The above statement is the essence of the post today. Many writers are experiencing success after having the door slammed shut in their faces by traditional publishing and are empowered by the new publishing avenues opened to them…AND this is how it should be! The people who produce the actual work upon which all in the publishing and associated businesses are making their money should be calling more of the shots!
Writer Karen McQuestion spent nearly a decade trying without success to persuade a New York publisher to print one of her books. In July, the 49-year-old mother of three decided to publish it herself, online.
Eleven months later, Ms. McQuestion has sold 36,000 e-books through Amazon.com Inc.’s Kindle e-bookstore and has a film option with a Hollywood producer. In August, Amazon will publish a paperback version of her first novel, “A Scattered Life,” about a friendship triangle among three women in small-town Wisconsin.
Ms. McQuestion is at the leading edge of a technological disruption that’s loosening traditional publishers’ grip on the book market—and giving new power to technology companies like Amazon to shape which books and authors succeed.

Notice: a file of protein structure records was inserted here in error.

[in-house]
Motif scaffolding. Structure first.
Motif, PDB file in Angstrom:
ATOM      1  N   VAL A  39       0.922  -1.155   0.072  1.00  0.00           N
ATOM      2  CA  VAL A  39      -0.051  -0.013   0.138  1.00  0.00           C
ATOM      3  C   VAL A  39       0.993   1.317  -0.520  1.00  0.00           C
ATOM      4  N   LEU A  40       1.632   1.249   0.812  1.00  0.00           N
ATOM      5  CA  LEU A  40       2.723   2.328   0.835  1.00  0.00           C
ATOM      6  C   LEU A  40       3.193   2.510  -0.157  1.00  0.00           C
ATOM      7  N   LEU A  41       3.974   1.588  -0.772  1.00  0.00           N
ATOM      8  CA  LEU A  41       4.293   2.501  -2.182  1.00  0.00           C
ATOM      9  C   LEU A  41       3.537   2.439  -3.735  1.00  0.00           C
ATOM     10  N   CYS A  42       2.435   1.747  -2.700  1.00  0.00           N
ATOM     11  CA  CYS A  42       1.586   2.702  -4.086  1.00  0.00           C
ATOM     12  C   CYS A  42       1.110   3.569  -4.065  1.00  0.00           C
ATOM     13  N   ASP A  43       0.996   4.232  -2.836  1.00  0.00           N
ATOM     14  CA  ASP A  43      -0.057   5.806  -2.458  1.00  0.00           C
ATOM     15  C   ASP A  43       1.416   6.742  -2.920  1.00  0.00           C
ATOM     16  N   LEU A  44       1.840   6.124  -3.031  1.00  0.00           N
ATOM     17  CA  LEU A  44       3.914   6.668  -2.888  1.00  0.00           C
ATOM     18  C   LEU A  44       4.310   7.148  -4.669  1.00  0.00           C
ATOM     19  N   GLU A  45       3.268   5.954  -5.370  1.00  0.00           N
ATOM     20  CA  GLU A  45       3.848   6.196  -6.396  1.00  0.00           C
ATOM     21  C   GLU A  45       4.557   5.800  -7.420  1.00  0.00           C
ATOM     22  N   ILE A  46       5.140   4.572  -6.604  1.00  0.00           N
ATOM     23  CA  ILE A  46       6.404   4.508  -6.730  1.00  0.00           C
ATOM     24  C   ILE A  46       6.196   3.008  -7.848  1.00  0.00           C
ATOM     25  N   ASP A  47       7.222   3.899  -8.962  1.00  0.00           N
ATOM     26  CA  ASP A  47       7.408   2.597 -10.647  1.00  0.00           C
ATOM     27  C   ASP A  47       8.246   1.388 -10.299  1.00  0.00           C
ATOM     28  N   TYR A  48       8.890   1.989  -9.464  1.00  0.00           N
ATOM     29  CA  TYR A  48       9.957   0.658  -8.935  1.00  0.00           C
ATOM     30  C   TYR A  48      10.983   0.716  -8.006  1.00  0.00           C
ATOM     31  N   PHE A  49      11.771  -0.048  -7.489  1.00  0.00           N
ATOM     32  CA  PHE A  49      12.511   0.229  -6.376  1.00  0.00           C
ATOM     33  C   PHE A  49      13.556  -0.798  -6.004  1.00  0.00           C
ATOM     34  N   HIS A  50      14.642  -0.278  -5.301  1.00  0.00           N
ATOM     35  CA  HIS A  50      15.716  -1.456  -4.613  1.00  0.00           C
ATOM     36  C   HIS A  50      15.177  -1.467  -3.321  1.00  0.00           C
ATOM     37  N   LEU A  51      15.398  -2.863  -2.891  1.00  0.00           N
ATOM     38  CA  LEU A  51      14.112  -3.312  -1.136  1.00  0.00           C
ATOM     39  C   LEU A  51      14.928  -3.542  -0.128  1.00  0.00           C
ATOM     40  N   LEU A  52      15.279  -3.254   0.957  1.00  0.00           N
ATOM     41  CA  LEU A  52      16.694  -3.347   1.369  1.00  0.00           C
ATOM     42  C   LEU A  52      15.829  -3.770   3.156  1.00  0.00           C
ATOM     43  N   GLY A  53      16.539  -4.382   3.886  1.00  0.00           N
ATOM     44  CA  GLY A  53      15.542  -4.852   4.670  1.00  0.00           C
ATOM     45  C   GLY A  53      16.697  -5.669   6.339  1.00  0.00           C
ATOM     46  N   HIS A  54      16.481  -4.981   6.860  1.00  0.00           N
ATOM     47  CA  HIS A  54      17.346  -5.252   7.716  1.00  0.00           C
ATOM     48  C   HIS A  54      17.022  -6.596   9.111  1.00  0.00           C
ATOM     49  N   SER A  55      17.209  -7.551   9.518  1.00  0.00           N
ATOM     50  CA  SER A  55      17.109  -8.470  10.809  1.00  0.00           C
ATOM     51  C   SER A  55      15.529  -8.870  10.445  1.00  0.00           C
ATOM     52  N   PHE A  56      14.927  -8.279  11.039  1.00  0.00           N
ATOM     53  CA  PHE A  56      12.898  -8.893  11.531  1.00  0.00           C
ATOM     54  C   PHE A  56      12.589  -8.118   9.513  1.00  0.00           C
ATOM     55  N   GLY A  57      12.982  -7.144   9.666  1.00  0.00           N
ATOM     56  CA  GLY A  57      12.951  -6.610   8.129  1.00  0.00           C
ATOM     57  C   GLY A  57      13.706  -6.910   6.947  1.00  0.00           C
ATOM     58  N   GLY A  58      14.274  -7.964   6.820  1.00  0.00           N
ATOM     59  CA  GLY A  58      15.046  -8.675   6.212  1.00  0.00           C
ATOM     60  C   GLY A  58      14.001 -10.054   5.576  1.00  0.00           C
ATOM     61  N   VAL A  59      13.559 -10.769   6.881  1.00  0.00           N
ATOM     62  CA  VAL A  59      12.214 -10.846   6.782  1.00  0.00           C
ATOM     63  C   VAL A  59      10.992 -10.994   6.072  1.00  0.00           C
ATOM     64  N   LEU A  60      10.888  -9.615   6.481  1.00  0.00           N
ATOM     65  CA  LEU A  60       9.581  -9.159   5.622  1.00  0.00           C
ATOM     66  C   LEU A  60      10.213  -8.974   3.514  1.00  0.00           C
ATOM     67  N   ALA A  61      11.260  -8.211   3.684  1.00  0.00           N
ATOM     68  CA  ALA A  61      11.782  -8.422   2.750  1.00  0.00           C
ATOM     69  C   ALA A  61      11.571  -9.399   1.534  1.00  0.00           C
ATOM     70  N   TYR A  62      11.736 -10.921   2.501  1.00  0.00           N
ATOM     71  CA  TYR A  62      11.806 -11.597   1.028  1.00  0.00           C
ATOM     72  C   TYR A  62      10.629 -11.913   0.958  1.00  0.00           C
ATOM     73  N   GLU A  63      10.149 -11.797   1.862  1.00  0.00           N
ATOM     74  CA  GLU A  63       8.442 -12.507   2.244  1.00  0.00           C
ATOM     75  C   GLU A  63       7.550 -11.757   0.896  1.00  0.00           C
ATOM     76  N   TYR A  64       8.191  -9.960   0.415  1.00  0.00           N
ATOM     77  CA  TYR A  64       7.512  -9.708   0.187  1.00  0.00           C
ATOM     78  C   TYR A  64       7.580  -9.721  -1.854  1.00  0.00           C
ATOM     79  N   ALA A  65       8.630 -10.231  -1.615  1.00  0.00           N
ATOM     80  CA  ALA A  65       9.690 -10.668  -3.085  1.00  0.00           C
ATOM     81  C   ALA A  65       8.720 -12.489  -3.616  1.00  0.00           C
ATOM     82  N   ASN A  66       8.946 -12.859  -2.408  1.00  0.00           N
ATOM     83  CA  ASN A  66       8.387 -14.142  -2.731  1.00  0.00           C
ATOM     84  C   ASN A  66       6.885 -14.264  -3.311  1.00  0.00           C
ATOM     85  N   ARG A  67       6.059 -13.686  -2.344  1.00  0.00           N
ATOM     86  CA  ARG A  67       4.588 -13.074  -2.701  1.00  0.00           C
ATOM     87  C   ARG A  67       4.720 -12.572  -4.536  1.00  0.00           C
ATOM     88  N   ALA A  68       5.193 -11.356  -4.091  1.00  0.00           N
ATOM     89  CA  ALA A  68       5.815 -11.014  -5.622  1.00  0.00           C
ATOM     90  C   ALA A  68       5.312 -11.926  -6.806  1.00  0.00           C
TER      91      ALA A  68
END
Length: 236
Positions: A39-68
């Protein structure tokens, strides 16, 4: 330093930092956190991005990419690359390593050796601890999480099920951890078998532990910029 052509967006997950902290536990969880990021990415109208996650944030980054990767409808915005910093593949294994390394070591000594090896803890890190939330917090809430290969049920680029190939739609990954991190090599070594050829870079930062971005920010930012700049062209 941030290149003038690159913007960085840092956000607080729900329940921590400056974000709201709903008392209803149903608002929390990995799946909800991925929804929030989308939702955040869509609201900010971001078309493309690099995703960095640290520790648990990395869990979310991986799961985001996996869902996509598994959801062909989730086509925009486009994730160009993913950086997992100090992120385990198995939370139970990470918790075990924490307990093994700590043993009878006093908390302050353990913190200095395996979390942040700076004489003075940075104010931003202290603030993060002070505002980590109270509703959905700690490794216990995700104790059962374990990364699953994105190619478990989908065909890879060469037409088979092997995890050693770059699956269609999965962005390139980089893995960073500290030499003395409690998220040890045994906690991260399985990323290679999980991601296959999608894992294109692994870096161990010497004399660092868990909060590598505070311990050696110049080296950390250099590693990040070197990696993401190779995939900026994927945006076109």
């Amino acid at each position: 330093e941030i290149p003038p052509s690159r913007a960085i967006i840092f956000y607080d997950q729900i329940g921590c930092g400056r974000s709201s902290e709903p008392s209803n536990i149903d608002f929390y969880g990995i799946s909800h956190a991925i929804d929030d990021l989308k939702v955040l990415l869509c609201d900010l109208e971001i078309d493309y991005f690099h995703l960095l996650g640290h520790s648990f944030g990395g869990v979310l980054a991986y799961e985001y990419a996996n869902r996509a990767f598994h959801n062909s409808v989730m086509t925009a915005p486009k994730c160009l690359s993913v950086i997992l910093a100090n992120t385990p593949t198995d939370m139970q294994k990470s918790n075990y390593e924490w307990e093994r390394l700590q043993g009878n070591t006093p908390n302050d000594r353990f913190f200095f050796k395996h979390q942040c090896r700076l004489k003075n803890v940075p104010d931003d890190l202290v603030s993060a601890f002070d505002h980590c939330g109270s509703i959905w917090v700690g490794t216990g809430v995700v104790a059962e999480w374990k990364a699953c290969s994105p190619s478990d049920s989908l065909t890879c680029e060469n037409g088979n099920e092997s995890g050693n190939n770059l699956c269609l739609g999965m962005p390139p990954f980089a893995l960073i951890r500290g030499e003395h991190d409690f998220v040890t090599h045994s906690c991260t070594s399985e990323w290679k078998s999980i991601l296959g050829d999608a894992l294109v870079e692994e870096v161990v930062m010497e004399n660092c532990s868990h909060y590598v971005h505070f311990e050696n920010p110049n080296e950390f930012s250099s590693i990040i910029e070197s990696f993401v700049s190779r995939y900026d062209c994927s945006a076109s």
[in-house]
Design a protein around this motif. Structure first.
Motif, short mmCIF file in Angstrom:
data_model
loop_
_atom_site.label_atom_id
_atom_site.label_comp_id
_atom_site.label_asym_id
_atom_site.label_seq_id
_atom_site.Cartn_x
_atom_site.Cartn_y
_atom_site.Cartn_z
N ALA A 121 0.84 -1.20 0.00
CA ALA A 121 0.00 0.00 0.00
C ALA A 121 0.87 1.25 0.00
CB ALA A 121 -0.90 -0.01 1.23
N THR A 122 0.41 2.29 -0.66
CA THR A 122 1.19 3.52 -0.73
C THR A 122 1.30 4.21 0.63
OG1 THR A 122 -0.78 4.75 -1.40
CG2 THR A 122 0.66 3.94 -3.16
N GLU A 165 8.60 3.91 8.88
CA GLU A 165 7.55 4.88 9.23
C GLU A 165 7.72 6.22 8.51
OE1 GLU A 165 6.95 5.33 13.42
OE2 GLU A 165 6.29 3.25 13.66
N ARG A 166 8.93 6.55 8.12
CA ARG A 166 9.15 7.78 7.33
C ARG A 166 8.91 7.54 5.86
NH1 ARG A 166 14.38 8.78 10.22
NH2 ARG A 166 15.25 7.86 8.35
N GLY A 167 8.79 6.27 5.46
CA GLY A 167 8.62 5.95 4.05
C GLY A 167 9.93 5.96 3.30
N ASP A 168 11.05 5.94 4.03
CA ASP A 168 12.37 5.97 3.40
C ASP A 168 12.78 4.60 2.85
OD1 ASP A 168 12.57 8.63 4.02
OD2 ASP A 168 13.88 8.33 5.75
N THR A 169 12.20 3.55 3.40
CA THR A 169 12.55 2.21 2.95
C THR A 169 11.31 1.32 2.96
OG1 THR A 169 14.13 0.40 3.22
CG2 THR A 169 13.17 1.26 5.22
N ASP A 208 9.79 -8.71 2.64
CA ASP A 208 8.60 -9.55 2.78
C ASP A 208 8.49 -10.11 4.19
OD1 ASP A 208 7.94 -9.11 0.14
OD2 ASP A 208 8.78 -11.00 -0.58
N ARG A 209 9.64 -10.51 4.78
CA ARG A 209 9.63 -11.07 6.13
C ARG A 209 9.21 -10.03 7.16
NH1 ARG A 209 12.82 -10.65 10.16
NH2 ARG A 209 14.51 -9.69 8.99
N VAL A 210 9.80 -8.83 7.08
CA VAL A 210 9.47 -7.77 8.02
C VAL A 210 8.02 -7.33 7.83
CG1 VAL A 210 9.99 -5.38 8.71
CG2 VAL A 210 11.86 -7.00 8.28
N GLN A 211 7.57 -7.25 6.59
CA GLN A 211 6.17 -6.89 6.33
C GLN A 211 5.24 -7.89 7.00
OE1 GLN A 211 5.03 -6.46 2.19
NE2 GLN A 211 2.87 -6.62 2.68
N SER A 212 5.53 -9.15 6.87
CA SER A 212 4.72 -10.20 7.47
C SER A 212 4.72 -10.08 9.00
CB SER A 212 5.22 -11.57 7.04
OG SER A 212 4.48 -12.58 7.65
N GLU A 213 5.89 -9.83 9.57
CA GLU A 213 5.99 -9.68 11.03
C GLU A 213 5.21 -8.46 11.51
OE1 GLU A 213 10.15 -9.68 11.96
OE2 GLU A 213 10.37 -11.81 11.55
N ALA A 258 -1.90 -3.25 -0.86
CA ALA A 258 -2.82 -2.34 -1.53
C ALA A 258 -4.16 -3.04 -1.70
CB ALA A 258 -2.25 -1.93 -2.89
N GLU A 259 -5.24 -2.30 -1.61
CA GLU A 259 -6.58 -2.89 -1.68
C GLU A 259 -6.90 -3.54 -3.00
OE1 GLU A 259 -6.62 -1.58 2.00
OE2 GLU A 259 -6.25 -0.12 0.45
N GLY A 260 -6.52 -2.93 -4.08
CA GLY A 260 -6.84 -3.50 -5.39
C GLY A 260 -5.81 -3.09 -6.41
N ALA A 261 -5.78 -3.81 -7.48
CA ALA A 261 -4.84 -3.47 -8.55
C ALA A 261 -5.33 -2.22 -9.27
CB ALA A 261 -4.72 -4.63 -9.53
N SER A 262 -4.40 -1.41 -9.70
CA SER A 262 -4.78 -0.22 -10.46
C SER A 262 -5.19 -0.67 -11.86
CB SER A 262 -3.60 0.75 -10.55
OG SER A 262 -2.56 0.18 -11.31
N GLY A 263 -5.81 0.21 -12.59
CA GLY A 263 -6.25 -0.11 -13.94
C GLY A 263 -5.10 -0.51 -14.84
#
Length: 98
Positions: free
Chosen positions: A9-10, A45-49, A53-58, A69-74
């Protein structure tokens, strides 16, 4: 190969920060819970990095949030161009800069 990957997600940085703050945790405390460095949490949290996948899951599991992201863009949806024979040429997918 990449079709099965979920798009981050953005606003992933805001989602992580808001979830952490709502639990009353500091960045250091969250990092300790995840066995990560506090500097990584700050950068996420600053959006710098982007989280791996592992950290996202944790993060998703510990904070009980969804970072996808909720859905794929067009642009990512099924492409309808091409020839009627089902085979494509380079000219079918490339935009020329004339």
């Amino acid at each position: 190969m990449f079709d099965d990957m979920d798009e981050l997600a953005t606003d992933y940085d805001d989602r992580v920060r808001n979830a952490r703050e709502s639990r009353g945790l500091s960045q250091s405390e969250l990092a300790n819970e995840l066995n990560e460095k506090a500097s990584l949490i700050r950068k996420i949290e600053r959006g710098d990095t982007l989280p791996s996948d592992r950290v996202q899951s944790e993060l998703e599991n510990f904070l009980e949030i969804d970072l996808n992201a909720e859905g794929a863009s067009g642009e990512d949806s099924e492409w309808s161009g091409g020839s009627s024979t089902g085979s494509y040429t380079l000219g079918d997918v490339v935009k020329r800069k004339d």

Much as blogs have bitten into the news business and YouTube has challenged television, digital self-publishing is creating a powerful new niche in books that’s threatening the traditional industry. Once derided as “vanity” titles by the publishing establishment, self-published books suddenly are able to thrive by circumventing the establishment.
“If you are an author and you want to reach a lot of readers, up until recently you were smart to sell your book to a traditional publisher, because they controlled the printing press and distribution. That is starting to change now,” says Mark Coker, founder of Silicon Valley start-up Smashwords Inc., which offers an e-book publishing and distribution service.
Fueling the shift is the growing popularity of electronic books, which few people were willing to read even three years ago. Apple Inc.’ s iPad and e-reading devices such as Amazon’s Kindle have made buying and reading digital books easy. U.S. book sales fell 1.8% last year to $23.9 billion, but e-book sales tripled to $313 million, according to the Association of American Publishers. E-book sales could reach as high as 20% to 25% of the total book market by 2012, according to Mike Shatzkin, a publishing consultant, up from an estimated 5% to 10% today.
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